Contact Centers – An Alternative to Scoring Agents

Contact Centers and Scoring

In recent weeks, I have had a number of requests from readers about what to do if you don’t score agents.  The first thing is to be sure you understand that the work design and management thinking offer greater opportunities for improvement.  Agent scoring can not just be taken away, you must put something better in its place.

An understanding of the 95/5 rule is in order.  This was first communicated by W. Edwards Deming and simply states that 95% of performance is attributable to the system and not the individual.  You can read more about this at The 95/5 Rule.

If you can pull yourself through this different perspective about the system carrying more weight than the individual (a difficult obstacle for Americans), you can begin to see that work design in contact centers is poor at best.  Scripts, written procedures and standardization entrapped by technology and IVRs does not allow for the absorption of the variety of demand customers pose to agents.  To overcome these problems with variety different thinking must be present.

Contact center managers have learned the wrong lessons about how to handle variety and instead built systems that increase costs, lose revenue and ruin culture.  The pursuit has been to manage costs and productivity leading to both increased costs and decreased productivity . . a management paradox.  Most don’t see this paradox because they have not been trained to look.

Costs are not in economies of scale, they are in flow.  The flow can be optimized by a better work design that absorbs variety and designs out the waste.  To do this we need to better understand our systems by performing check.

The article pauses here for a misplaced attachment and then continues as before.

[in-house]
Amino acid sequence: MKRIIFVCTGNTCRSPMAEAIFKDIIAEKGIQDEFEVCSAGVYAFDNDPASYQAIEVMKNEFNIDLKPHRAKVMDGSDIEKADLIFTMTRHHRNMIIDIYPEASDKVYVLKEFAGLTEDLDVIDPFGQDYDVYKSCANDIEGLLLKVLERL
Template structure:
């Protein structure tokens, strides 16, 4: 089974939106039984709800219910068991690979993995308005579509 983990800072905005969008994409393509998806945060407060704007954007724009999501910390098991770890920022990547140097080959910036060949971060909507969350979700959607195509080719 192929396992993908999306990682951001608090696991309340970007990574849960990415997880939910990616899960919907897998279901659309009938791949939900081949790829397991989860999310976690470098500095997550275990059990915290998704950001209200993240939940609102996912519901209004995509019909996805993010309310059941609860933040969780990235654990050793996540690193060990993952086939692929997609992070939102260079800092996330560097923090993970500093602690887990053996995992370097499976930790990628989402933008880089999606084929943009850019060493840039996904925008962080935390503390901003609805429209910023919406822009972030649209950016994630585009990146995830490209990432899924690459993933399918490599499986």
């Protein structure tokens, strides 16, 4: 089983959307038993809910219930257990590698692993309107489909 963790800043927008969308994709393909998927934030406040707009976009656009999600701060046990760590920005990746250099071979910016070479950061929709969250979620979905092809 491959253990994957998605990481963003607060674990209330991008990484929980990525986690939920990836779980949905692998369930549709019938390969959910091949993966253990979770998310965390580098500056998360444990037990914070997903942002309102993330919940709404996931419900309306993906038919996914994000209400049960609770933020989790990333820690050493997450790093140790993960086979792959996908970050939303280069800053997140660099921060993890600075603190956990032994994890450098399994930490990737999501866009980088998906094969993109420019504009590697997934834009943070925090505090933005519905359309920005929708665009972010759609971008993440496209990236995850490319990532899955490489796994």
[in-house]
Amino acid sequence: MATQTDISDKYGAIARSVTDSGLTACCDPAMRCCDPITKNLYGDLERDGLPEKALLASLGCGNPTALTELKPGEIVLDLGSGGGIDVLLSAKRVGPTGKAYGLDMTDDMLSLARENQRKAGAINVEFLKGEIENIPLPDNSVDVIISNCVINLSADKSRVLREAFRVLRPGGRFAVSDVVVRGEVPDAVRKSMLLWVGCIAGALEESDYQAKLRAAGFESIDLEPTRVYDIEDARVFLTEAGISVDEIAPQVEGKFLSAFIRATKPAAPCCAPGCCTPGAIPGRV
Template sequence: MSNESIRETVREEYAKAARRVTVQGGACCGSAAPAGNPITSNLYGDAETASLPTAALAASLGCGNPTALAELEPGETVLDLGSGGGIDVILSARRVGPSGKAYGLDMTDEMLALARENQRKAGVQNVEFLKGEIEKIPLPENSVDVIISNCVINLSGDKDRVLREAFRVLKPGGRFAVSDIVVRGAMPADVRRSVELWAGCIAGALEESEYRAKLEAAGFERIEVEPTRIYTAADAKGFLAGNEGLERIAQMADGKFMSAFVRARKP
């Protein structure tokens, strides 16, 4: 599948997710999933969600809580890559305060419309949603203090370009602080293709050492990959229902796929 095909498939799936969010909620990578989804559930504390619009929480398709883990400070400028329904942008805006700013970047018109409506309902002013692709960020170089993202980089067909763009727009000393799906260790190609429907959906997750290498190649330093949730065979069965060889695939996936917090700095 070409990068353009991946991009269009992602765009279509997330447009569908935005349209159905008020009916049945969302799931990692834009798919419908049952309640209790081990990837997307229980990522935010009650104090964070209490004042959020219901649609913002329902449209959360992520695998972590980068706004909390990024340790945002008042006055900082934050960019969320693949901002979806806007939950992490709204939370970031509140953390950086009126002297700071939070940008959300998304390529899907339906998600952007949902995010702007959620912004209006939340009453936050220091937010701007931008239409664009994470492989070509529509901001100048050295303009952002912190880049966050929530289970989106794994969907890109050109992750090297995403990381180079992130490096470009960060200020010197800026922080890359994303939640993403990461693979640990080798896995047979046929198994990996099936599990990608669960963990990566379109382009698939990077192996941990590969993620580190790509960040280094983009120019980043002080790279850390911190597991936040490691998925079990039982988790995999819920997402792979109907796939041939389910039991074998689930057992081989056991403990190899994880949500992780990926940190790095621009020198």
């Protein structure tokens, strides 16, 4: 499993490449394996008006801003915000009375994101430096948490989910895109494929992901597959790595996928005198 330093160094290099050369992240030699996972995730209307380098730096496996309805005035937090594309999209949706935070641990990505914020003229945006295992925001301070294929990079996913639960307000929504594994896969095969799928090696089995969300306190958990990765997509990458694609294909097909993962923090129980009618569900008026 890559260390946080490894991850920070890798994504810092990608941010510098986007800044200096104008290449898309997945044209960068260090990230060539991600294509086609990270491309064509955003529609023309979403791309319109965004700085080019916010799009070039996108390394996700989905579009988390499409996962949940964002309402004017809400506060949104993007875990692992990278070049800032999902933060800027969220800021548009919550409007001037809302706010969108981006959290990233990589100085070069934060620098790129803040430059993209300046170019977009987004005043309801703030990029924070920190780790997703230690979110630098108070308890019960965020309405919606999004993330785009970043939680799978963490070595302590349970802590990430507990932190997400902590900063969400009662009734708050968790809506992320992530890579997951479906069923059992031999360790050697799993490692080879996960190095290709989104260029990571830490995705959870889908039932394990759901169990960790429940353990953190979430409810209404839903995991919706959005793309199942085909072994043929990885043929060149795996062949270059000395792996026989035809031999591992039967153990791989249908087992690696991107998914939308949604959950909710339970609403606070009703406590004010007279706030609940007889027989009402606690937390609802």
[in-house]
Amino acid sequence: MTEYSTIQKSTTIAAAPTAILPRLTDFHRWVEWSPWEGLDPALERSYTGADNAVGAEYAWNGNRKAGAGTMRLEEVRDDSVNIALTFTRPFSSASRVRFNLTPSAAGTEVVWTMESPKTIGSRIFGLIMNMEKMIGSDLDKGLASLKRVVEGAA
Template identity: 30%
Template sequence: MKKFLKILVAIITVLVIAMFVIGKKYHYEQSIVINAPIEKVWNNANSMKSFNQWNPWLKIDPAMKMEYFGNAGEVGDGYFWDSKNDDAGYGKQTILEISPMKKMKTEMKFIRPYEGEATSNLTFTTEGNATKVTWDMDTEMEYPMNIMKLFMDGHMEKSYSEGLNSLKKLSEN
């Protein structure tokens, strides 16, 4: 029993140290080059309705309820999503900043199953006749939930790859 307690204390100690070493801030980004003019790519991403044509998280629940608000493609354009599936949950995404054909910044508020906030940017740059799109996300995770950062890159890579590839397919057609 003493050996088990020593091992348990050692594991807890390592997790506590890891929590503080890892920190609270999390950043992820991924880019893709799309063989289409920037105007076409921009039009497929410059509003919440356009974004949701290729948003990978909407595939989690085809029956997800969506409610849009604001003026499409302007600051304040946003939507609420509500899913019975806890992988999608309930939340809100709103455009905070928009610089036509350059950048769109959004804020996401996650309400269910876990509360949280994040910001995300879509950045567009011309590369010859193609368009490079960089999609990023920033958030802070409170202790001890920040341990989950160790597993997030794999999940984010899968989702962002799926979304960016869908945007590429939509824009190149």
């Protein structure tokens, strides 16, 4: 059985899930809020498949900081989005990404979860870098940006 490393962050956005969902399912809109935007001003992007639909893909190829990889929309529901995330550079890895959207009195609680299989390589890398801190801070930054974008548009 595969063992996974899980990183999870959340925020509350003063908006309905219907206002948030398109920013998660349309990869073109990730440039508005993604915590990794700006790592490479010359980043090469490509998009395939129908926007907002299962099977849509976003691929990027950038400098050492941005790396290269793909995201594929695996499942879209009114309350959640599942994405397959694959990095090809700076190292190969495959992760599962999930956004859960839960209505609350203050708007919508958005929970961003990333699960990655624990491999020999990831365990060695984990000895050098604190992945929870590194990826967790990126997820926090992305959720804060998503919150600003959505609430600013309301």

Looking at the system from the outside-in we can listen to calls and determine the type and frequency of calls from customers.   To get this you need to throw out those computer generated reports from technology as they lack the context needed to get knowledge.  Some will be value and some will be failure demand.  Failure demand for some industries run as high as 75 – 90%.

For each call type determine the customer purpose of the call or what matters to them.  Once understood we now have a failure demand  measure and some customer measures related to customer purpose.  Customer measures are typically systemic and not functional.

Customer measures can be end-to-end times to provide a service, getting an answer from an agent on the first call, failure demand and any of an endless possibilities learned from purpose.  Each set of measures is unique by company and should never be copied from other contact centers.

An understanding of the current design and its performance against customer measures will lead to experimentation with work designs that absorb variety, eliminate failure demand and perform better against customer measures. Centers also get the expense savings of eliminating all that unnecessary monitoring and inspection to arbitrary management dictates.

I have learned many things about the redesign of contact centers.  The functional front/back office design has in many cases gets re-designed.  Whether this is true for your service organization can only be determined by performing check.

Ultimately, customer measures can replace agent scoring.  Better performance follows as putting the customer purpose and measures in an agent’s hands allows them to experiment with method leading to innovation.  Improved culture, productivity and  financial performance will soon follow.

To get this you need to throw out those computer generated reports from technology as they lack the context needed to get knowledge.

To get this you need to throw out those computer generated reports from technology as they lack the context needed to get knowledge.

Leave me a comment. . . share your opinion!  Click on comments below.

Make the new decade a profitable and rewarding one, start a new path here.  Download free from “Understanding Your Organization as a System” and gain knowledge of systems thinking or contact us about how to get started at [email protected].  Reach him on Twitter at LinkedIn at

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